Last time I wrote about how tricky it is to focus on a child–even in love. It is often stored in them as anxiety–the parent’s angst says to the child that he/she is not adequate.
So how do we build resilience in our children? Why must we let them suffer? Does that even make sense?
Yes! An over-solicitous parent is an anxious parent. A wise parent trusts the natural course of development and God. Struggle is how we grow. Is it easy for a child to learn to crawl or walk? No. But they are so motivated, and we are so motivated for them to learn, the struggle doesn’t seem bad. Is it bad if we keep a child from crawling? Yes. It eliminates a developmental task which affects how the parts of your brain process together.
It isn’t easy for them to learn to talk or run or read or anything we value for them. Do they misjudge? Constantly! Do they fall? Of course, and if we are overly concerned we create fear of trying.
We want to build resilience in them: the belief that they can do it, and falling is a normal part of learning to walk and run. We don’t want to push them before they feel ready, but neither do we want to replace their effort with fear or doubting their ability. Struggle is trying something new. It’s necessary to development all through life. And easier if you have a sense of I can do this.
That doesn’t change even though the tasks get harder to accomplish, and your questions and fears as a parent grow. And that takes us to boundaries. They are so important for the child’s security. Feeling safe is critical to development. Safety comes from knowing you have parents who are in charge.
I role-played the child in a class once where a parent was leaning over me screaming to clean up. I knew I was in charge because the parent had lost control. It was a profound experience. And it didn’t feel safe.
For a child to know they are in control makes them feel crazy. It is way too much stress. I know a child who isn’t even 1 year old who runs her parents. You probably do too. It’s an epidemic wearing out our children and making them insecure and angry. It is too much power. Too much responsibility. A child needs to hear “No.”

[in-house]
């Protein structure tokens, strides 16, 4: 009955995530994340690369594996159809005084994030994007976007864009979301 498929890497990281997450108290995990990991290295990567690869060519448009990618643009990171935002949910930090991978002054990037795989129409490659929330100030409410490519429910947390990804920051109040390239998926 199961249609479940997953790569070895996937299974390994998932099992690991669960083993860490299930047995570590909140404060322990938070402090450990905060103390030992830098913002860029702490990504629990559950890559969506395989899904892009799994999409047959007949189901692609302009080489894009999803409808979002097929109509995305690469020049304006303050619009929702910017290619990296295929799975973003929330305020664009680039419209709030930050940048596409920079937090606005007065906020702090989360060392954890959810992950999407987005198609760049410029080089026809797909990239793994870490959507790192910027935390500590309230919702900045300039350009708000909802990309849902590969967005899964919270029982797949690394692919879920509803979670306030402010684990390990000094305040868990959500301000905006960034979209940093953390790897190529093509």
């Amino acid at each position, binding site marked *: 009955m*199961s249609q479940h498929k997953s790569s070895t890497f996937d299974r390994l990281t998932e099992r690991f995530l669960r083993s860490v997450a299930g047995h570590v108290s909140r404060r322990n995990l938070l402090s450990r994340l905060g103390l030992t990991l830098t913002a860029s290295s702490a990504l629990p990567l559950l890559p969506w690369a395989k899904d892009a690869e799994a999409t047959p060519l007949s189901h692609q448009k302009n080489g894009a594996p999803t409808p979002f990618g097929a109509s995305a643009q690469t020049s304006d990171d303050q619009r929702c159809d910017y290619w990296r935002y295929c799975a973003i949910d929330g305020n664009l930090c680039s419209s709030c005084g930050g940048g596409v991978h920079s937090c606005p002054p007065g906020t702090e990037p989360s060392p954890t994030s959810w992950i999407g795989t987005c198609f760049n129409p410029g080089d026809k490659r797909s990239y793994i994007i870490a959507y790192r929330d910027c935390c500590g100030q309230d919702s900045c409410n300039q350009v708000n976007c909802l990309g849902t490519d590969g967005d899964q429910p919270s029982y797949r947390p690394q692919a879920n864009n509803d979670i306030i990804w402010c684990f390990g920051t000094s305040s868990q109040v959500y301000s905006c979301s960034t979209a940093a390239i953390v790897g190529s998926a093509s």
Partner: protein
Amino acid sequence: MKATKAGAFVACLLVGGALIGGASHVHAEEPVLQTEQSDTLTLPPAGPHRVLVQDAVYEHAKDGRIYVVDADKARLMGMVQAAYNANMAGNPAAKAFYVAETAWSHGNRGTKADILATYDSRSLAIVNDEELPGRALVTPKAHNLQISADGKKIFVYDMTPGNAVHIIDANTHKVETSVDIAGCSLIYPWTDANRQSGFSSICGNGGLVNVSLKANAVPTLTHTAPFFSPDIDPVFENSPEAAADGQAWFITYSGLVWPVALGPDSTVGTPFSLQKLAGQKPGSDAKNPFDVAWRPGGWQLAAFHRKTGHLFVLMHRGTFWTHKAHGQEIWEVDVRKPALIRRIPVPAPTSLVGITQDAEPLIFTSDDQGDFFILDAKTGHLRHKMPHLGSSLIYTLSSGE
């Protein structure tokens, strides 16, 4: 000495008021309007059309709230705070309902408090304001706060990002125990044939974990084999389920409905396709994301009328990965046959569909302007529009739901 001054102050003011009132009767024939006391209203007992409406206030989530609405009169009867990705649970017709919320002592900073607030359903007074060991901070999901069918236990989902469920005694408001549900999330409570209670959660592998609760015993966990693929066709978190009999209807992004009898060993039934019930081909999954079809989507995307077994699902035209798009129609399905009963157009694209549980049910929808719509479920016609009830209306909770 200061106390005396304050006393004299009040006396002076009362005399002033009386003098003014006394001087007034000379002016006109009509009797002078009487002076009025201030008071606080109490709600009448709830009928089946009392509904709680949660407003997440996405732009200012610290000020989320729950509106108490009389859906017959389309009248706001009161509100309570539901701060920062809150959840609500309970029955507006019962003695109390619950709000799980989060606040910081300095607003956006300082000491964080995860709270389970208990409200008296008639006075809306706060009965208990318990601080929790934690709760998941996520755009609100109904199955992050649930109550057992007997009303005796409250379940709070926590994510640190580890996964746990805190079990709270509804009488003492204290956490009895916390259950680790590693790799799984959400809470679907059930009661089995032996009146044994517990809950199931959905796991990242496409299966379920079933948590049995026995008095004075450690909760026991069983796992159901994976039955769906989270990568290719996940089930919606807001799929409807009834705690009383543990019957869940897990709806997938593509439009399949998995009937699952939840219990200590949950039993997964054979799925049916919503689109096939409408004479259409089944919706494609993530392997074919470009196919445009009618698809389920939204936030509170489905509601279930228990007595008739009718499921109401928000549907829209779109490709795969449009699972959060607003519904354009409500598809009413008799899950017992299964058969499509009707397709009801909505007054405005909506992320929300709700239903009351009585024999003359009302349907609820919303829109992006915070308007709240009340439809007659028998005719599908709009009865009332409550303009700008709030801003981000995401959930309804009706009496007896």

A client told me this week that her friend who owns a daycare said people who work in daycare are being taught to tell parents not to say “No” to their children! I about flipped. There goes their children’s security. You don’t have to say it in anger or harshly or even loudly. But you need to say it AND make it stick. You have to follow through. That gives safety, security, and rest to your child. It makes a happy child. Of course they will throw fits, that is their job, to push you and see if you mean it. You are the parent. You are the adult. You are in charge–they need you to be, so they can relax.
This poor little girl who runs her system because the parents can’t say “No” comes to her babysitter exhausted every Monday morning, and seems relieved. And she turns one next month. Her mom just went on anxiety meds. Isn’t that sad? We are so afraid of ruining our children it has gotten crazy. The pendulum has swung WAY over to the other side. Children need boundaries!
I wish I could shout it from the rooftops! You are making your children crazy with all their power and decisions and lack of boundaries and consequences. Please give them some loving discipline. We have made a generation of entitled adults. Everyone wants their rights. What will it be like when these children are adults, insecure and demanding? When freedom is interpreted as no law?